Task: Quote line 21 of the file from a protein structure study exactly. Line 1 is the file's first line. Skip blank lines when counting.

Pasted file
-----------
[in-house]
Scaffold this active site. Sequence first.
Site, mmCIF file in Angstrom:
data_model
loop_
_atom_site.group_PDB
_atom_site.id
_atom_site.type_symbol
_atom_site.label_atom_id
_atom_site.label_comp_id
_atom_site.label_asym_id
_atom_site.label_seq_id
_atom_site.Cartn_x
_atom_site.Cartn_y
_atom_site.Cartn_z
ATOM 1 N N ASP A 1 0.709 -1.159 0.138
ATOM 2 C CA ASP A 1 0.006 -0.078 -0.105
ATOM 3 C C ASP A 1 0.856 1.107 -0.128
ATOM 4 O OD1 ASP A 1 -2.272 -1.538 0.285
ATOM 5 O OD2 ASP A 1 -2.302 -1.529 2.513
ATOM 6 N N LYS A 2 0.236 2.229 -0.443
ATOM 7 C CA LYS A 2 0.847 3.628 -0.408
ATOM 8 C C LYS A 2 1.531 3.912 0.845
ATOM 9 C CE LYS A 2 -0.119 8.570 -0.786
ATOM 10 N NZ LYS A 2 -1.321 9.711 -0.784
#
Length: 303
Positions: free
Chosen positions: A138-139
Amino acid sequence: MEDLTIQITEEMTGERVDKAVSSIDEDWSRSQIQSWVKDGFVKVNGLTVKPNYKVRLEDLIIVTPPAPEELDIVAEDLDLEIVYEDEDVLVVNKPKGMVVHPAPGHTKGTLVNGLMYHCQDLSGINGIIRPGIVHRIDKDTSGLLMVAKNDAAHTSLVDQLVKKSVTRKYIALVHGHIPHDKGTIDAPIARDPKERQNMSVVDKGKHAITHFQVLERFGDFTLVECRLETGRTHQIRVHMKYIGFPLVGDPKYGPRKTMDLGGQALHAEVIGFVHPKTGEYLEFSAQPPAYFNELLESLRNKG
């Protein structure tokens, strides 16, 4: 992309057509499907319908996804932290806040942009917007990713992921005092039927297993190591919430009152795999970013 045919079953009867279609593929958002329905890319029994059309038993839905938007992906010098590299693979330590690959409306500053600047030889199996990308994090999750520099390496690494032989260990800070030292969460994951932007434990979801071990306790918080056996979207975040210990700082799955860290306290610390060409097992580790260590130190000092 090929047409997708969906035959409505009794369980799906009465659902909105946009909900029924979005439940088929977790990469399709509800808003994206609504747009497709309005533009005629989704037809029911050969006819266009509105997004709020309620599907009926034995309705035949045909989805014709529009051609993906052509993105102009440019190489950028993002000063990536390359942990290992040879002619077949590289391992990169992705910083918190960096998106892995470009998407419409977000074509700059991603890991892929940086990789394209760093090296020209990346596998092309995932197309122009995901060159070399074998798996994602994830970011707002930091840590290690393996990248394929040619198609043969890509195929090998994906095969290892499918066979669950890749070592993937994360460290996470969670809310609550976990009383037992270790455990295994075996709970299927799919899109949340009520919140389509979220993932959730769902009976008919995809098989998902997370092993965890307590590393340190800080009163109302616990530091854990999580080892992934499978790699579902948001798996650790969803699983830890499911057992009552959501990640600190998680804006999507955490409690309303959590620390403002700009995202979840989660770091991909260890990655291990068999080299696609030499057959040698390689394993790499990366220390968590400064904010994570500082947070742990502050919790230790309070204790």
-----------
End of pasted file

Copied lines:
ATOM 6 N N LYS A 2 0.236 2.229 -0.443